Too close for comfort
Rock Springs wants to be more than a bedroom for Gallup
By Cindy Yurth
(Editor's note: In an effort to chronicle the beauty and diversity of the Navajo Nation, as well as its issues, the Navajo Times has committed to visiting all 110 chapters in alphabetical order. This is the 71st in the series. Some information for this series is taken from the publication "Chapter Images" by Larry Rodgers)
ROCK SPRINGS, N.M., Jan. 30, 2014
(Times photos - Cindy Yurth)
If Rock Springs were not on the reservation, it would be where wealthy Gallupians chose to live.
They would build luxurious solar-powered homes amid the intricately weathered blond sandstone crags, and lace the piñon-juniper forests with hiking and horse trails.
But Rock Springs -- except for some large, checkerboarded chunks -- is on the Navajo Reservation, and despite its proximity to Gallup, which abuts its southern border, it looks it.
There's a big "closed" sign on the chapter house as it awaits remediation for mold and asbestos; aging two-bedroom mobile homes house multiple families; the Head Start is closed awaiting qualified personnel.
"Everybody thinks that, being so close to Gallup, we get some help from them," said Community Services Coordinator Brenda Wero. "We don't."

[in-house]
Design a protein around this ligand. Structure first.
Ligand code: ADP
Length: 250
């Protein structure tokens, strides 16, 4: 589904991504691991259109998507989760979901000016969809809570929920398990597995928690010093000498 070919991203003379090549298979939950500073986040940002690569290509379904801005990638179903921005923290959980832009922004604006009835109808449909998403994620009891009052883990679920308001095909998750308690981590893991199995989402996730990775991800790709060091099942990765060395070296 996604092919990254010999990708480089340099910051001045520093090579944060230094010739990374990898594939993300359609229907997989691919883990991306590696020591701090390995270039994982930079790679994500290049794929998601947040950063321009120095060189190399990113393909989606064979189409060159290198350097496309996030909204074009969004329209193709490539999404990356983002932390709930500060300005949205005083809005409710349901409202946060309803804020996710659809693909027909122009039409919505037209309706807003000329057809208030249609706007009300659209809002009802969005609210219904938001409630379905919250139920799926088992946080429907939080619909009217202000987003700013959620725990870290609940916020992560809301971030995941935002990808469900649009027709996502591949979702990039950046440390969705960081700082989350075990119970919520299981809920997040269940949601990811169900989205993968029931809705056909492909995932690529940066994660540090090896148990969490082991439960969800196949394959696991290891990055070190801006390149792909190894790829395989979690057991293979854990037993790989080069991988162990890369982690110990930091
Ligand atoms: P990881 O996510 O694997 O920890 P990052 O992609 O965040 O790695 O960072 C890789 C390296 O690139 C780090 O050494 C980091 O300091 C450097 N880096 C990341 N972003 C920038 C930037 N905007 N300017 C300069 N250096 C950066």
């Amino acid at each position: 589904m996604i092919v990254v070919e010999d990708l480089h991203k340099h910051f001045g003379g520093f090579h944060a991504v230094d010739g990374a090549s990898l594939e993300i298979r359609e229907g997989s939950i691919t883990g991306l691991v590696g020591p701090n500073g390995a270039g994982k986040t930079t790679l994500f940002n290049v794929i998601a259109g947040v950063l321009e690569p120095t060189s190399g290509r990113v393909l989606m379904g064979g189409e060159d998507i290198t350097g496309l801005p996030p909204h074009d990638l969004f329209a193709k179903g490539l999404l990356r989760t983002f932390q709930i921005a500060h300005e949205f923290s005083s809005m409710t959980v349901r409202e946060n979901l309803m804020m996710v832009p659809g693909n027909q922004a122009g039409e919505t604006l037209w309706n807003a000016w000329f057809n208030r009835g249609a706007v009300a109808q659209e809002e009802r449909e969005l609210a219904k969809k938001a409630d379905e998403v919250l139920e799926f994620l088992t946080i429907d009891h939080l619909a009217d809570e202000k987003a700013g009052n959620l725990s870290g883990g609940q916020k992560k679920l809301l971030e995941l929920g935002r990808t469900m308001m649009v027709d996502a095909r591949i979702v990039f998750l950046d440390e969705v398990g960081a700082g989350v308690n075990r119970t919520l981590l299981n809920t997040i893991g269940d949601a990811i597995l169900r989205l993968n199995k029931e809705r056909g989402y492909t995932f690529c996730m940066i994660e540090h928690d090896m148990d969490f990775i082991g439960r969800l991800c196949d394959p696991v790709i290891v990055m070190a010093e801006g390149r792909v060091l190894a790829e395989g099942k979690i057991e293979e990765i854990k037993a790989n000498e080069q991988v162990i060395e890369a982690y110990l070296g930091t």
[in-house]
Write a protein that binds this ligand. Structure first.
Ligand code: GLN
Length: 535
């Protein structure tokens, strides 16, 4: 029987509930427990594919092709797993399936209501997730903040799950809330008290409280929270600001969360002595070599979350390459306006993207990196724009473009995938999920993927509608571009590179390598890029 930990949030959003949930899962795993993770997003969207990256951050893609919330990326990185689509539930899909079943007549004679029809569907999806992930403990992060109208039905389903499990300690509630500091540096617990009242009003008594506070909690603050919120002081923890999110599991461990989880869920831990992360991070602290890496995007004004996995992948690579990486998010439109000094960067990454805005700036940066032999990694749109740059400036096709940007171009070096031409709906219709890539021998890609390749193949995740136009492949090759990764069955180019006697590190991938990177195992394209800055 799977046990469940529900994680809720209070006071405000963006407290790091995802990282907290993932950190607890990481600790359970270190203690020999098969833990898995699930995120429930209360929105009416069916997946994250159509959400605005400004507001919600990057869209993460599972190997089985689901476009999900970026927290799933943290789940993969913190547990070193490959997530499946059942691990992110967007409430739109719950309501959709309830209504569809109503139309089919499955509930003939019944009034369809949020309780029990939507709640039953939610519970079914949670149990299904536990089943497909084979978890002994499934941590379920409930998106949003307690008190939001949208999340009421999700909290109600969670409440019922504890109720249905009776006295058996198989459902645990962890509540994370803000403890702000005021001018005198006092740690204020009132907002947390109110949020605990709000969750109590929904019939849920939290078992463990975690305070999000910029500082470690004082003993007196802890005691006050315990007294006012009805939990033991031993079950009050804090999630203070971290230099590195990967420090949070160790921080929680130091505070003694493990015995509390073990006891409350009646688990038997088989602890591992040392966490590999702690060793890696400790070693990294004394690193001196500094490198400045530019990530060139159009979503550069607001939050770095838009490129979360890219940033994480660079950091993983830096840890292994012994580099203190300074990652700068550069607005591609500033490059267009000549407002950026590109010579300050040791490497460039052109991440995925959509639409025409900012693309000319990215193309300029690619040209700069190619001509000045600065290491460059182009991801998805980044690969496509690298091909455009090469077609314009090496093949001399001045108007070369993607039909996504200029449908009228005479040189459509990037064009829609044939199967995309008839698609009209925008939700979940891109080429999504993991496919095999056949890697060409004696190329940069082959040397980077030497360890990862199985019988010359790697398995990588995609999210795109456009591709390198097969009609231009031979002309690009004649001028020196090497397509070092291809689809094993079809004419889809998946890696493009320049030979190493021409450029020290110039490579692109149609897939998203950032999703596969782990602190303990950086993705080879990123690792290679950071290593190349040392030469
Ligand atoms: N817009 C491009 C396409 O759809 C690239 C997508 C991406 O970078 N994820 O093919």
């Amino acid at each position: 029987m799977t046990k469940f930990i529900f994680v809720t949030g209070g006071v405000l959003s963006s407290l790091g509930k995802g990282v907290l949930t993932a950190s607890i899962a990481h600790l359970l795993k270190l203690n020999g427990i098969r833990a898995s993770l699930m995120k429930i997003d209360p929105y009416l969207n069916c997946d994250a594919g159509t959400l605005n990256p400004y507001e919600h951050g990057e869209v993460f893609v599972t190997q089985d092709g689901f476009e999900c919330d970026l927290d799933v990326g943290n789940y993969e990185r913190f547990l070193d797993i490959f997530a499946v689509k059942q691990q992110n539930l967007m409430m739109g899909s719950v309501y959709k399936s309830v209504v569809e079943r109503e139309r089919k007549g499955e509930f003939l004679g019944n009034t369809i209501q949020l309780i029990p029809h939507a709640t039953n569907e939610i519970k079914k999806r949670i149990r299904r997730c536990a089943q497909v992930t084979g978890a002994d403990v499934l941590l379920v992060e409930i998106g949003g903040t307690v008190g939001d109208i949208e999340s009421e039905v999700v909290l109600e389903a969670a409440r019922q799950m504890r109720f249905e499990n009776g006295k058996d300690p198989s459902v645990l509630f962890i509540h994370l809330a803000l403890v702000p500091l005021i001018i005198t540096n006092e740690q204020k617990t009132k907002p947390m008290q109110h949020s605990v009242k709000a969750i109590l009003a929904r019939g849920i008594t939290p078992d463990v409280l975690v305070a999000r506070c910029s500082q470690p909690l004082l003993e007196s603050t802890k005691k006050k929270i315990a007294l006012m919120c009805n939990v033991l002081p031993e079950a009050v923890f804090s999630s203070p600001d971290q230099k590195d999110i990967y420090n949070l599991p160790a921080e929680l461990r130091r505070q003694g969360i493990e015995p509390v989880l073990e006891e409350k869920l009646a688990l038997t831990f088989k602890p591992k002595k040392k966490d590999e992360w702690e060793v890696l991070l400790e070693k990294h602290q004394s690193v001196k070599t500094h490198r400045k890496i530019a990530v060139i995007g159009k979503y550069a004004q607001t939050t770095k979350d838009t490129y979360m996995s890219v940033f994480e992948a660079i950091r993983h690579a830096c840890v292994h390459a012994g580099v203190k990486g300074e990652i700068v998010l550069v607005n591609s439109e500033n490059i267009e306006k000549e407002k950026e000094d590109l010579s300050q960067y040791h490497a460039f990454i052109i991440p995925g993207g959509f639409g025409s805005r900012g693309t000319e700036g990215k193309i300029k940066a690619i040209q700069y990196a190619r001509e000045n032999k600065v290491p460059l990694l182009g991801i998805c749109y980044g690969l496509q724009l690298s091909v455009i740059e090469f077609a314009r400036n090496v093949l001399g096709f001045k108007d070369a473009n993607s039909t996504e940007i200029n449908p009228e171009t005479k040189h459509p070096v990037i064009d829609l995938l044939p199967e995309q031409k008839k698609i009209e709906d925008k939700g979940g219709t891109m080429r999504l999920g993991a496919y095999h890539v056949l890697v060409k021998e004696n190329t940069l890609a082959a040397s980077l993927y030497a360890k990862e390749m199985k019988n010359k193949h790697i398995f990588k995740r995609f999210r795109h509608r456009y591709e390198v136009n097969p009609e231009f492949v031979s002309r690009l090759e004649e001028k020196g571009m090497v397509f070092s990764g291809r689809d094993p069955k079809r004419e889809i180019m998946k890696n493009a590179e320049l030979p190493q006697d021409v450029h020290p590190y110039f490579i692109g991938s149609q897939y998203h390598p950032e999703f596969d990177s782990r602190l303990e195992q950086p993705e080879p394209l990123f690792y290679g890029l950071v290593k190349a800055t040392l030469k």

Instead, Navajos heading back to the rez from shopping trips dump their trash here. Although Rock Springs is within McKinley County, the county commission bristles when the chapter asks for help maintaining its roads, Wero says, and charges a fee. So convenient is the city that nobody thinks of starting a business here, even though the chapter comprises prime real estate at the junction of Arizona Highway 264 and U.S. 491.
Basically, Rock Springs is a suburb without any of the attendant privileges.
"There are pros and cons" to being so close to town, says Wero. Unlike on most of the rez, the teenagers are not bored. They belong to sports leagues or drive in to Gallup to cruise the mall or catch a movie. That is why you don't see much graffiti here. That and Billy Yazzie.
The septuagenarian heavy equipment operator, said Wero and the chapter's secretary-treasurer, Eleanor Jones, cannot stand graffiti and keeps a can of paint on hand to whip out the minute he sees gang tagging.
"He's not one to stay within his job description," laughed Wero.
She and Jones, along with the rest of the current chapter administration, get their laughs where they can. They are working hard to stay positive. They have some big plans for this high-potential gateway to Gallup, but they are still digging out from under the financial rubble left by the last administration.
In an audit of the 27-month period ending Dec. 31, 2012, the Navajo Nation Auditor General found 19 financial violations, including lack of documentation, favoritism in doling out chapter services, inappropriate expenditures and unjustified travel.
The auditor described Rock Springs' filing system as being "in disarray."
"One by one," said Jones, "we're addressing all the findings."